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Learninggreen Learning

In September 2008 the "Early Years Foundation Stage" (EYFS) was introduced for all children from birth to five years of age. The EYFS was revised in 2012 and 2014 and we have made the necessary changes to ensure we are following the framework. Below is a brief summary of the EYFS:-


Themes and Principles


The four themes in the EYFS underpin all the guidance and principles that inform them - working together for children in the EYFS. The themes are how we operate on a daily basis through our policies and procedures, routines and attitudes - all of which already form our outstanding practice.  The 4 themes are:


A Unique Child

Positive Relationships

Enabling Environments

Learning and Development


A great deal of emphasis is also placed on:


Providing equality of opportunity

Partnership working - with parents, other professionals and other providers

Improving quality and consistency

Laying a secure foundation for future learning - i.e. when they transfer to school


The Learning and Development Requirements:


The learning and development requirements are divided into the seven areas of learning:  


Prime Areas:


Personal, Social and Emotional Development

Physical Development

Communication and Language


Specific Areas:



Expressive Arts and Design


Understanding of the world


There are also characteristics of learning:


Playing and Exploring

Active Learning

Creating and Thinking Critically


There is significant emphasis on the fact that each child learns in an individual way and at different rates.  The assessment arrangements for all children are on-going and based on observing day to day activities. There is also a legal requirement for an assessment to take place when your child turns two. This is carried out by your child’s key person and you will be involved in this process at all stages. The next formal assessment will be carried out at the end the EYFS which is the end of your child’s reception year.


*The EYFS influences all of our planning throughout the nursery.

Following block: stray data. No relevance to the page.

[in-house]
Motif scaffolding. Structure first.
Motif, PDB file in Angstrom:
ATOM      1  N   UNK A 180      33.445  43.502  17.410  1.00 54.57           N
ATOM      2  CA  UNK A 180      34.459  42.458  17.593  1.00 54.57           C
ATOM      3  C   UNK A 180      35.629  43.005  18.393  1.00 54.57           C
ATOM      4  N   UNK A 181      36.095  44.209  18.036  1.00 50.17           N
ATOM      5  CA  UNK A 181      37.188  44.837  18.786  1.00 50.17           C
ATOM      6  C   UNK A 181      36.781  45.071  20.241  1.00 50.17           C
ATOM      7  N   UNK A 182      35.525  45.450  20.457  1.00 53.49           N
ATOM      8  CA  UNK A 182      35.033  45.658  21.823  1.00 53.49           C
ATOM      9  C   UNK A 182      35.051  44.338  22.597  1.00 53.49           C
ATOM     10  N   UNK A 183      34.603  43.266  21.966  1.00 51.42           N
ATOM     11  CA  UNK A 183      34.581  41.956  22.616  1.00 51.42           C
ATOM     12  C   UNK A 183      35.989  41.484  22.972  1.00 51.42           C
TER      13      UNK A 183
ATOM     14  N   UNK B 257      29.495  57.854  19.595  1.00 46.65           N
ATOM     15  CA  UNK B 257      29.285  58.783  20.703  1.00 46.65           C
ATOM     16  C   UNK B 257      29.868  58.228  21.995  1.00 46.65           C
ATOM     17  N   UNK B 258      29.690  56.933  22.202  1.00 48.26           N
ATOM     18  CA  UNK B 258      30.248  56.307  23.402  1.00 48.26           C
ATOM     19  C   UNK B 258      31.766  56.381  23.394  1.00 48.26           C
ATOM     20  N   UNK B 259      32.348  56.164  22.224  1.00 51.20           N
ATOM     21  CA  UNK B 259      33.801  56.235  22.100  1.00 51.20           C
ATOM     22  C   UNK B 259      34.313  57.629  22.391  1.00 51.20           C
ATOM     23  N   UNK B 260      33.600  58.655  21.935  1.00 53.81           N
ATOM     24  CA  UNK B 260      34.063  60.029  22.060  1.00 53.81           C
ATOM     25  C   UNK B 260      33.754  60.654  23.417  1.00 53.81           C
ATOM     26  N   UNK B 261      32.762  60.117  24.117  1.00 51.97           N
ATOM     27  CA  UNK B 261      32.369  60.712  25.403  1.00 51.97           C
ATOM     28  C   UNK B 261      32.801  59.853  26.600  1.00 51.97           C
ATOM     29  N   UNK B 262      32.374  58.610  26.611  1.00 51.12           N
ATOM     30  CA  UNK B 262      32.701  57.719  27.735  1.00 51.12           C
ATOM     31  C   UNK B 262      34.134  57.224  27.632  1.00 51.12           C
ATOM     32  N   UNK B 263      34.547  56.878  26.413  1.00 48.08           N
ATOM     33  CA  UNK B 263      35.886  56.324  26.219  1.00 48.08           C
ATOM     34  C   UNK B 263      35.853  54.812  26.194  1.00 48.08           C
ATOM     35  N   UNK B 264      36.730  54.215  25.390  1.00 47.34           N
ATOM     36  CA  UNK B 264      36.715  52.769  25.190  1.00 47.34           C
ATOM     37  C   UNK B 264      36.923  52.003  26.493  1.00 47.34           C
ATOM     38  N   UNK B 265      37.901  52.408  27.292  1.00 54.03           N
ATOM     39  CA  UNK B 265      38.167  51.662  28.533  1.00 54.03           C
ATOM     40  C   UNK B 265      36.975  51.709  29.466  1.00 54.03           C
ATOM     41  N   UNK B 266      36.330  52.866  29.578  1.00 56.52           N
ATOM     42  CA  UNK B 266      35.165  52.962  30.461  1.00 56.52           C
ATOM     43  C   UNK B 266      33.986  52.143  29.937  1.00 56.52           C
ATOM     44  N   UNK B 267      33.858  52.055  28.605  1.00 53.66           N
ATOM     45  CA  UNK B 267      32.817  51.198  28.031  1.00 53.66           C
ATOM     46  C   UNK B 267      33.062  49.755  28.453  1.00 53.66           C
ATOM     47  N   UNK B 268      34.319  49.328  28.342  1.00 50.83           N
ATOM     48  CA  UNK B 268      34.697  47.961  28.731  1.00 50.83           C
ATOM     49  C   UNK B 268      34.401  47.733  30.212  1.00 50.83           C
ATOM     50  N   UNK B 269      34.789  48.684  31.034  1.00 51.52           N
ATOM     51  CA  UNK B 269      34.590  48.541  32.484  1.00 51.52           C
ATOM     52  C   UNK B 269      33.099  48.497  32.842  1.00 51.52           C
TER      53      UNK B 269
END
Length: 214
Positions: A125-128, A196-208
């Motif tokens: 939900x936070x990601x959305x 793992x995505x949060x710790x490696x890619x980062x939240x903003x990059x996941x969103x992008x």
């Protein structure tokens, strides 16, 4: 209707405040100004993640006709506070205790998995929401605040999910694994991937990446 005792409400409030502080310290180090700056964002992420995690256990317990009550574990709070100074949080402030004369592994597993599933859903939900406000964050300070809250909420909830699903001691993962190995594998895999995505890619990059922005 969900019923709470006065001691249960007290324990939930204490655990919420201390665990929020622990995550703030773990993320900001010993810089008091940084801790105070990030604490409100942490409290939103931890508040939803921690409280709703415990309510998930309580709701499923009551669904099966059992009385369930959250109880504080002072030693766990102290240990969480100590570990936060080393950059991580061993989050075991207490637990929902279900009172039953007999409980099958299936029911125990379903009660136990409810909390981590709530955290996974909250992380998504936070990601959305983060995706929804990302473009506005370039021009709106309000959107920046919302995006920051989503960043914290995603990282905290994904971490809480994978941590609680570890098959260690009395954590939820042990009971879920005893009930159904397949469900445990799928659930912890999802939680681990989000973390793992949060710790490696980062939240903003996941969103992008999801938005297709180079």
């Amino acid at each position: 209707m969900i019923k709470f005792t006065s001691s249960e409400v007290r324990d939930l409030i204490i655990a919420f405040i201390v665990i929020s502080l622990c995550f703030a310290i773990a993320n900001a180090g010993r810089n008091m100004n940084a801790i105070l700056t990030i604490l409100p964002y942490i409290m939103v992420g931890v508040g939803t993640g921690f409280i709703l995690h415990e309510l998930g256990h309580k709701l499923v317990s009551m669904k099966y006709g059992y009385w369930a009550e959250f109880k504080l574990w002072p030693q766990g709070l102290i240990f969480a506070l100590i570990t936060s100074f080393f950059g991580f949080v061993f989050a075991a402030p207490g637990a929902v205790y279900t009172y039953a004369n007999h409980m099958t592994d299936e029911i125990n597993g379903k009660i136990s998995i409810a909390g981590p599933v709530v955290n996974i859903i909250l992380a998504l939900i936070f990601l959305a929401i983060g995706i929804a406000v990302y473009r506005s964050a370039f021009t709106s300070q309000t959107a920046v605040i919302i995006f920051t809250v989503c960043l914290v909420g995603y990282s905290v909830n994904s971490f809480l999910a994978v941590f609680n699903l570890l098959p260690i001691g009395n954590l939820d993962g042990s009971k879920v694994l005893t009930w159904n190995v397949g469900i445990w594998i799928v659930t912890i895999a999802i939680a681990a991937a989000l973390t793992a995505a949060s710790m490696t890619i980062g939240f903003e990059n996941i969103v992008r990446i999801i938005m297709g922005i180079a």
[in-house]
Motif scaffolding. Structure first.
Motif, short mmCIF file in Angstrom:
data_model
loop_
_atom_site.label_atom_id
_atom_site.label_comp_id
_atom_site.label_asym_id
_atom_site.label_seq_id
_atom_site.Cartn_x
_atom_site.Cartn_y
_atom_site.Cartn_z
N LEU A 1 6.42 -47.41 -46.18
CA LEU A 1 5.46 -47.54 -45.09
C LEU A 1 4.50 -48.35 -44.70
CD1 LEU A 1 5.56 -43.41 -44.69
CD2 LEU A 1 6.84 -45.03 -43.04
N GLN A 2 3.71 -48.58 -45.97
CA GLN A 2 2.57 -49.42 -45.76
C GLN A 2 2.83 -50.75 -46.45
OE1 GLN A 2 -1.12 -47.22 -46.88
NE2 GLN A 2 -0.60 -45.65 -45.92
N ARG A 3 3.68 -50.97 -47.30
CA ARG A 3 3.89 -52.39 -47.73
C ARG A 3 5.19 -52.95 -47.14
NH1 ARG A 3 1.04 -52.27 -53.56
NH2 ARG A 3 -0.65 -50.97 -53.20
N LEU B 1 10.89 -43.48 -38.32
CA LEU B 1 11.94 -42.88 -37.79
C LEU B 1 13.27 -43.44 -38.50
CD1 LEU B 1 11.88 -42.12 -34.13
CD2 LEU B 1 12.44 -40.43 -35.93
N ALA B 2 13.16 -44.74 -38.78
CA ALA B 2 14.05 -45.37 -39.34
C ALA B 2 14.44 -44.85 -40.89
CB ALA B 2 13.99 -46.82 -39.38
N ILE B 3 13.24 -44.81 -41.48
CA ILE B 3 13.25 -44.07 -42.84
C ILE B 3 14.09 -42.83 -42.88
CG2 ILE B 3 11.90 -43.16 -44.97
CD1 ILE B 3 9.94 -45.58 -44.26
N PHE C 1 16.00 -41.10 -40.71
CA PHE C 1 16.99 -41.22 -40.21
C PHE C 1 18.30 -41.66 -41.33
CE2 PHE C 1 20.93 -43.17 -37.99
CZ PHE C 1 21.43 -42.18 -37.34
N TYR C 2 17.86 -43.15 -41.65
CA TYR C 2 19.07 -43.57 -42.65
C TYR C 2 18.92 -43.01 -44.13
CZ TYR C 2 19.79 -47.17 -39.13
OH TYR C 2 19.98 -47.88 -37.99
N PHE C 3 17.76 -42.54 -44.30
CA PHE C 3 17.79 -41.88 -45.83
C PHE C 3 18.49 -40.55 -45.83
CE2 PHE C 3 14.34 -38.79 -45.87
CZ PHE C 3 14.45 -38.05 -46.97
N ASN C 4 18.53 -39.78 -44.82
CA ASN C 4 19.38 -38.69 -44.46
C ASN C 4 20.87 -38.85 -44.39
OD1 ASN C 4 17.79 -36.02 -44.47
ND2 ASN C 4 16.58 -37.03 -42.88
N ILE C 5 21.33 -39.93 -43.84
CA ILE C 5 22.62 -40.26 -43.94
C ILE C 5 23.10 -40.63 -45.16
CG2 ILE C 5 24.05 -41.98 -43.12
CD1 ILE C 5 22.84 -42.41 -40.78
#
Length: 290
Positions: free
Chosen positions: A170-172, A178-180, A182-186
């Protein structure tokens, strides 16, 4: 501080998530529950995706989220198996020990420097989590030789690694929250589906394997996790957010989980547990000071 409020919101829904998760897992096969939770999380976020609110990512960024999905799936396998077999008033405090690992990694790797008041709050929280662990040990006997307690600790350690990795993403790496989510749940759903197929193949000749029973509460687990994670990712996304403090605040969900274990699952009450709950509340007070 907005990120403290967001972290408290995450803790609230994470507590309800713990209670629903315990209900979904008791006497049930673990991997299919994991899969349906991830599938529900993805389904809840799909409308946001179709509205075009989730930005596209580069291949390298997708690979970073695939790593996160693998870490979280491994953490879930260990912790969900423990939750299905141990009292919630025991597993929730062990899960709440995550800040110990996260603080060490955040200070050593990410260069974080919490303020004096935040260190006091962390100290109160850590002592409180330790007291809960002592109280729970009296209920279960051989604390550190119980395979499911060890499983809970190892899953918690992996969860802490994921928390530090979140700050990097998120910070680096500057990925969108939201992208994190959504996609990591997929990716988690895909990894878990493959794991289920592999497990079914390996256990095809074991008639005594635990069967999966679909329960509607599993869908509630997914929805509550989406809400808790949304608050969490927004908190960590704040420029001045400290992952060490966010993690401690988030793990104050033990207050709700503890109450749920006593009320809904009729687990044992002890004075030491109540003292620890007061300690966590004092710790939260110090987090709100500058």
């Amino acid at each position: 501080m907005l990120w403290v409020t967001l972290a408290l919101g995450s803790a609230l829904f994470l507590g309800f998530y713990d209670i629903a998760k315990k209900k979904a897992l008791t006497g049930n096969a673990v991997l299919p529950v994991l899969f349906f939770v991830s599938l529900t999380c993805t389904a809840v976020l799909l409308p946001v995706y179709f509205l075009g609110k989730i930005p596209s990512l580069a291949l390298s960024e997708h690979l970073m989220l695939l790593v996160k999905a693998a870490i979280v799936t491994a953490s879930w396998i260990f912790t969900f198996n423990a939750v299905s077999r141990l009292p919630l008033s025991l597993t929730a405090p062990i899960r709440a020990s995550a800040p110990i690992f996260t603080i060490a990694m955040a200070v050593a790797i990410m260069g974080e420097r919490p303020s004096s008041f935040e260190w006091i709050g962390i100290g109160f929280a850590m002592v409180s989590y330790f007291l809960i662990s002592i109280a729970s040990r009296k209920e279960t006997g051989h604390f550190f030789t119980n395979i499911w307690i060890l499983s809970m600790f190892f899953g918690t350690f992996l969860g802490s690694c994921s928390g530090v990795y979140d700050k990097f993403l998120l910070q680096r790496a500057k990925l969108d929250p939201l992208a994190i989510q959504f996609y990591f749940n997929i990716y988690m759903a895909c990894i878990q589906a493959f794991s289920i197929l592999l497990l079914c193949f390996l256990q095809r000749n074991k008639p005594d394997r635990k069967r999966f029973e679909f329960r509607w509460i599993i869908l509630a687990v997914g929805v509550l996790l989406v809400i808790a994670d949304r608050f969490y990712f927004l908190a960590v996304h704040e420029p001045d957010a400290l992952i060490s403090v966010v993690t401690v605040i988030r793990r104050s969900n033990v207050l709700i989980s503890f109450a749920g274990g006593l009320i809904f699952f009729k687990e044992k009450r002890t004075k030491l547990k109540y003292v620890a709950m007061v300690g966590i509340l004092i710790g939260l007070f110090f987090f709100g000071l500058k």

As with all frameworks, there are principles which help underpin it:  


Relationships with other people (adults and children) are of crucial importance in a child’s life.

A relationship with a key person at home and in the setting is essential to a child’s well-being.

Babies and young children are social beings; they are competent learners from birth.

Caring adults count more than resources and equipment.

Schedules and routines must flow with the child’s needs.

Children learn when they are given appropriate responsibility, allowed to make errors, decisions and choices and are respected.


We look forward to working in partnership with you and sharing your child’s learning journey. If you have any queries, suggestions or feedback at any time then please feel free to get in touch with us.

4Children Parents Guide



On joining the Little Lane Nursery, each child is assigned a keyworker.


A keyworker has a very important job - they are ultimately responsible for welcoming and looking after your child and ensuring that the nursery’s care is tailored to their individual needs.  Their task is to know their key child’s likes and dislikes, their individual routines as well as overseeing their learning. Keyworkers are the lynchpins of our nursery as they shoulder the responsibility for creating an atmosphere in which children can thrive.


When assigning a keyworker, we take into consideration the sessions your child attends, the hours which the team members work and the compatibility between the child and parent/carer with the team member.  We do change the keyworker on occasion - for instance when transitioning from one room to another - but you will be kept informed of this and existing keyworkers will be on hand to make the change as smooth as possible.


To ensure children do not become upset when their key person is on holiday/absent and also to allow each child a choice of which staff member they prefer on any given day, we believe that all staff in the room should cherish each child and always be mindful of the ‘what’s it like for this child here today’ discipline.


Attachments are the ‘emotional bonds that infants development with their parents and other caregivers, such as their key person in an early childhood setting’. The ability to form attachments is essential to ensure future emotional wellbeing and ultimately provides children with a secure base from which to grow.



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Have you made an observation?


Your child's keyworker will always want to know what your child has been up to outside of nursery.


A parent comment box is available below to share your own observations and any comments about what you’ve been up to, changes to key routines or new interests.


This helps us to support your child at nursery and adapt activities to follow your child’s interests.

Electronic Learning Journey


We use an online learning journal called Tapestry, which makes it quicker for our team to identify where each child is in their own development pathway, by linking their observations directly to an online version of the EYFS curriculum.  This electronic learning journey will be shared with parents on email.